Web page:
With the news spreading across the Web of the PARTNER study showing that no HIV-positive individual with an undetectable viral load has transmitted HIV within the first two years of the study, HIV-positive men are tossing out their condoms and celebrating.
All online profiles are immediately being changed to say “negative,” and the fear of ever having to disclose their status is now a thing of the past. Let that sink in for a moment. Now, how stupid does that sound?
Well, you most likely won’t be surprised by the reactions from the haters and skeptics to this monumental news. This news has been long-awaited by those who know their positive status, are taking medication and are taking care of themselves. Is it a license to be reckless? No, but it is a reassurance that treatment as prevention does work.
As someone who happens to be HIV-positive, my major fear regarding the disease is passing it on to someone else. My second fear is the rejection I could possibly face with disclosure. Do I disclose before being intimate? If a partner asks me upfront, I am always honest right back, and when the topic is left up to me to bring up, I’d say that I do initiate the conversation the majority of the time. But in the back of my head, I always would reassure myself that my viral load is undetectable and most likely would not be putting anyone at risk. With this landmark finding, is it possible that everyone, especially gay men, will be more inclined to get tested, know their status and be upfront and open about it all the time?
In a perfect world, everyone would get tested, know their status, and take the appropriate steps thereafter. The shame and stigma that surround HIV would diminish, and the world would go on as normal, and HIV would be controlled and the spread of the virus contained. Having an undetectable viral load would be sexy. Knowing your status and getting tested regularly would be, well, regular. Being HIV-positive and having an undetectable viral load would be considered the same thing as being HIV-negative. Instead, we would frown upon those who don’t know their status. Being HIV-positive and having an undetectable viral load would be accepted, especially within the gay community.
So will all this happen overnight? Will Grindr or other dating apps see an increase in gay men changing their status to say, “Undetectable as of…”? In this dream scenario, HIV-positive people who are on treatment and taking care of themselves by maintaining an undetectable viral load would feel more empowered to come out and show everyone their A-plus report card each time they have their labs done, wearing those test results with honor and being proud for being healthy.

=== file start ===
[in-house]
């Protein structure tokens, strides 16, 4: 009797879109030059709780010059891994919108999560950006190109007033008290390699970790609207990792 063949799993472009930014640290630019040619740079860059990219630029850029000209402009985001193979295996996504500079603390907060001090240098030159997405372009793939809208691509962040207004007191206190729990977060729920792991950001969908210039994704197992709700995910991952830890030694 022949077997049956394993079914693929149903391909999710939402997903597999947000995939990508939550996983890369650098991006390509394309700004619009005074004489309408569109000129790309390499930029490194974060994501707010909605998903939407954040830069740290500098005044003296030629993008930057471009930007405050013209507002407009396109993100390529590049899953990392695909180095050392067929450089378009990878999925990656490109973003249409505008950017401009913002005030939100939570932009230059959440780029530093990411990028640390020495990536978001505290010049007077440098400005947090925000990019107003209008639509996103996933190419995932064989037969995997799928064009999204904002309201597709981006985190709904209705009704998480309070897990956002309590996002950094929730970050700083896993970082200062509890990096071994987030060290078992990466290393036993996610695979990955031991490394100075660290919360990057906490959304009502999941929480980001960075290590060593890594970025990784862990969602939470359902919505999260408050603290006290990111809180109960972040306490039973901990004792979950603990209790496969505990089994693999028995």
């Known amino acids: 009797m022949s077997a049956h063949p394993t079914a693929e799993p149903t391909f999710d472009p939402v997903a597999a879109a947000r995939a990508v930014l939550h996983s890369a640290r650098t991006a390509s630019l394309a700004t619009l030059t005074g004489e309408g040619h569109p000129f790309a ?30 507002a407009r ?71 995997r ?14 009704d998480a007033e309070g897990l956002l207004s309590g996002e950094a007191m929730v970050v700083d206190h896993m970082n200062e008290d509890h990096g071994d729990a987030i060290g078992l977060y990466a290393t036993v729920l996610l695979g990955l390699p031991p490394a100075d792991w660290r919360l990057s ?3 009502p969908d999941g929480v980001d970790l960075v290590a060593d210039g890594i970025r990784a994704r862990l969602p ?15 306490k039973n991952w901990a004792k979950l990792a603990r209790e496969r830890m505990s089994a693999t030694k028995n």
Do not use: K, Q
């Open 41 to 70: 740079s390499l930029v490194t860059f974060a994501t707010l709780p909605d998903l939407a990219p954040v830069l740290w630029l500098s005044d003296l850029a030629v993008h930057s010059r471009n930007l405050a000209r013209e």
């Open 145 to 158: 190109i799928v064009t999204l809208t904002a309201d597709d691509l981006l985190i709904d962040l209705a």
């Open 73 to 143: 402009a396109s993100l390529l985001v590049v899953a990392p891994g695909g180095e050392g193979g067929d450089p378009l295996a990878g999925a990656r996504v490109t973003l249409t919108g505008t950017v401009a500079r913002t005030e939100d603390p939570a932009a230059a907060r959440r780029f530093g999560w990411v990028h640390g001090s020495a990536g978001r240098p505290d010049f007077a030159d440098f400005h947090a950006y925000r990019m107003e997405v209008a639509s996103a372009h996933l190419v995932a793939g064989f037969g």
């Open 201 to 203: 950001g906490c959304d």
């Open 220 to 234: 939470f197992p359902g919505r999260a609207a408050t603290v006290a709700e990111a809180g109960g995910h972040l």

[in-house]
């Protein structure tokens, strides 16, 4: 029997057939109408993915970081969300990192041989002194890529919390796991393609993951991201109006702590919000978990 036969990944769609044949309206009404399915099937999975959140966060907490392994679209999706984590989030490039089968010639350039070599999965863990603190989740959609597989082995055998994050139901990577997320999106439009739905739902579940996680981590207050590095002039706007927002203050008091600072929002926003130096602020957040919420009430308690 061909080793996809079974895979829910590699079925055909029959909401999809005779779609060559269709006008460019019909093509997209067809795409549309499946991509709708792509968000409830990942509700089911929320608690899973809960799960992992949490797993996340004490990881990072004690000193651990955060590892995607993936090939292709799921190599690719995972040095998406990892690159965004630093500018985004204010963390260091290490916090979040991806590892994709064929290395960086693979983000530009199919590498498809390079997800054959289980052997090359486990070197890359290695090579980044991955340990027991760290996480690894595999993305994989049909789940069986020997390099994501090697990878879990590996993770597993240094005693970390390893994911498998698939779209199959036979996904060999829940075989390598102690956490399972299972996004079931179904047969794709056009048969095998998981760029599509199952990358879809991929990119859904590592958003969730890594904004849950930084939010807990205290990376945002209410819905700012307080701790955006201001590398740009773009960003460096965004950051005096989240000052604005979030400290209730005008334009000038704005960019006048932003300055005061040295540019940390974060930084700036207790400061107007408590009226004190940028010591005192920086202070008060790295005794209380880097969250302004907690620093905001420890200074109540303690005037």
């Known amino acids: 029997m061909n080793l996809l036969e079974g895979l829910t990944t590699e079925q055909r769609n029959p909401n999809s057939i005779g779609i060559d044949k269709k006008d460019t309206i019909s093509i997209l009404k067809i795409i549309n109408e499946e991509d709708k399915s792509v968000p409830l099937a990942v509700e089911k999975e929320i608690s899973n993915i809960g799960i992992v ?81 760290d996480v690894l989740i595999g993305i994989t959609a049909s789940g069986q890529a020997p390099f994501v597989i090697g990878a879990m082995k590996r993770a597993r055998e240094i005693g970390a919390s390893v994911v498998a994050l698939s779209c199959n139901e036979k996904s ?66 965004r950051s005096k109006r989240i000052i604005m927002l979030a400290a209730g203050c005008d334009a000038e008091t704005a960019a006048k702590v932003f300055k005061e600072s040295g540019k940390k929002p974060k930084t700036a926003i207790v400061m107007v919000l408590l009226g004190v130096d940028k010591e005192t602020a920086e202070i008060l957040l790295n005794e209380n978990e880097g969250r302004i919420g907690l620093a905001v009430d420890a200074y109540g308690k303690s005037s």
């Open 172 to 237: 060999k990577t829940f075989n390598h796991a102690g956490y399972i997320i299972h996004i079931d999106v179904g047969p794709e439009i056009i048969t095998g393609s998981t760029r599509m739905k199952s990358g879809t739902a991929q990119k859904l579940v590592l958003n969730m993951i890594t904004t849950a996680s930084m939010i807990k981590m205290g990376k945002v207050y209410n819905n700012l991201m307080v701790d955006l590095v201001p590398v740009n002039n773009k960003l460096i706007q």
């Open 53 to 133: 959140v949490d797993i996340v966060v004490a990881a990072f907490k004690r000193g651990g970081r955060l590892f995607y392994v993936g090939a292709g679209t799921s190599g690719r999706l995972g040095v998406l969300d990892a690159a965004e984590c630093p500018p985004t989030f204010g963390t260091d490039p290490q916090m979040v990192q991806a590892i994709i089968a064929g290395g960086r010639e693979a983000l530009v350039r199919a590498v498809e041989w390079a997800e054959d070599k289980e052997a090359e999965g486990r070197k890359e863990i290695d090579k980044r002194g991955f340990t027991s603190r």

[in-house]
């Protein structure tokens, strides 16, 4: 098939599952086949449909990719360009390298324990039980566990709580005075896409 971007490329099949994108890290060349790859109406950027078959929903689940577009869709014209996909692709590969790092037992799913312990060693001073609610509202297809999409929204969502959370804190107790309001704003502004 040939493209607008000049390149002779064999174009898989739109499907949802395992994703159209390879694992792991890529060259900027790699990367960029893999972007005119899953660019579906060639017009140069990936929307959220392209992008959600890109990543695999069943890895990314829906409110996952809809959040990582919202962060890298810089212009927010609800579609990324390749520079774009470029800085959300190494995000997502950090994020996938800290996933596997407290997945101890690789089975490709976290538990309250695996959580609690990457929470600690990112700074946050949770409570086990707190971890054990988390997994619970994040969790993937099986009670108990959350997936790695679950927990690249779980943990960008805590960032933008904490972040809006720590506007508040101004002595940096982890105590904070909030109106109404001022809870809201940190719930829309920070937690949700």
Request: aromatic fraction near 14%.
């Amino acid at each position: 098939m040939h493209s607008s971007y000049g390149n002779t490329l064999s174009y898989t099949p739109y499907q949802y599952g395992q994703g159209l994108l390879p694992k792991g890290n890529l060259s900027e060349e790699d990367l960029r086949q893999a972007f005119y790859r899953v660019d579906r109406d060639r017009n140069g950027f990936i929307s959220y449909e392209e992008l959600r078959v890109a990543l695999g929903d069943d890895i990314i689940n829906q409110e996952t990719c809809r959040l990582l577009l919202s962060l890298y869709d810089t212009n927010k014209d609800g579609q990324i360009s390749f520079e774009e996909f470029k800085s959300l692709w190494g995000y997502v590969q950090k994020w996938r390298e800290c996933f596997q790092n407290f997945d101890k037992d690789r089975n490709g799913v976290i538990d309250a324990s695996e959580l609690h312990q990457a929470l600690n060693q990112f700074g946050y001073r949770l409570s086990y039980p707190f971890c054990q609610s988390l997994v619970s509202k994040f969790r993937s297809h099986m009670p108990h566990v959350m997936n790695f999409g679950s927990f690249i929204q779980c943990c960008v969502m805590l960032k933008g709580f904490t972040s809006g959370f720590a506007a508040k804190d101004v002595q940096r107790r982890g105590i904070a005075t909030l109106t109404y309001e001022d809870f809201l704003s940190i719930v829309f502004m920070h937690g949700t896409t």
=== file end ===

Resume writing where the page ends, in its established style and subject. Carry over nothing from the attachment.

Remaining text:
Unfortunately, unless those of us who are HIV-positive become more open about our status and stop hiding behind the stigma, things most likely won’t change overnight. We can all already hear the naysayers with the release of the first two years of this second study. And at the same time, we shouldn’t automatically ditch the condoms or all our safe-sex practices. As we all know, there is a world of other communicable infections.
What I hope will not happen is for HIV-positive people with undetectable viral loads to hide behind these results and live life as if they were HIV-negative. Not being able to transmit the virus is the only thing the two types of individuals have in common. An undetectable viral load is not to be used as a justification for not disclosing your status before engaging in unprotected sex. Instead, these results should build up your confidence so that you can be more open about your HIV status and, if you are HIV-positive, keep up on maintaining your undetectable viral load as well as being healthy.
The more we open up and discuss what it means to be HIV-positive with an undetectable viral load, the more society, especially those within our own community, will begin to understand, learn and accept. With advancements in antiretroviral therapies, attaining and maintaining an undetectable viral load is not difficult, especially if treatment is started immediately after learning of a positive HIV status.
The more information is put out there for the world to know and learn from, the easier it will become for the ignorance and discrimination surrounding HIV to be eliminated. So all my HIV-positive brothers and sisters who are on treatment and have reached an undetectable viral load, take a moment to breathe a sigh of relief. If you are like me and our first major fears align, this news will certainly help lift that extra weight that we had pushing us down. Be proud of having an undetectable viral load!
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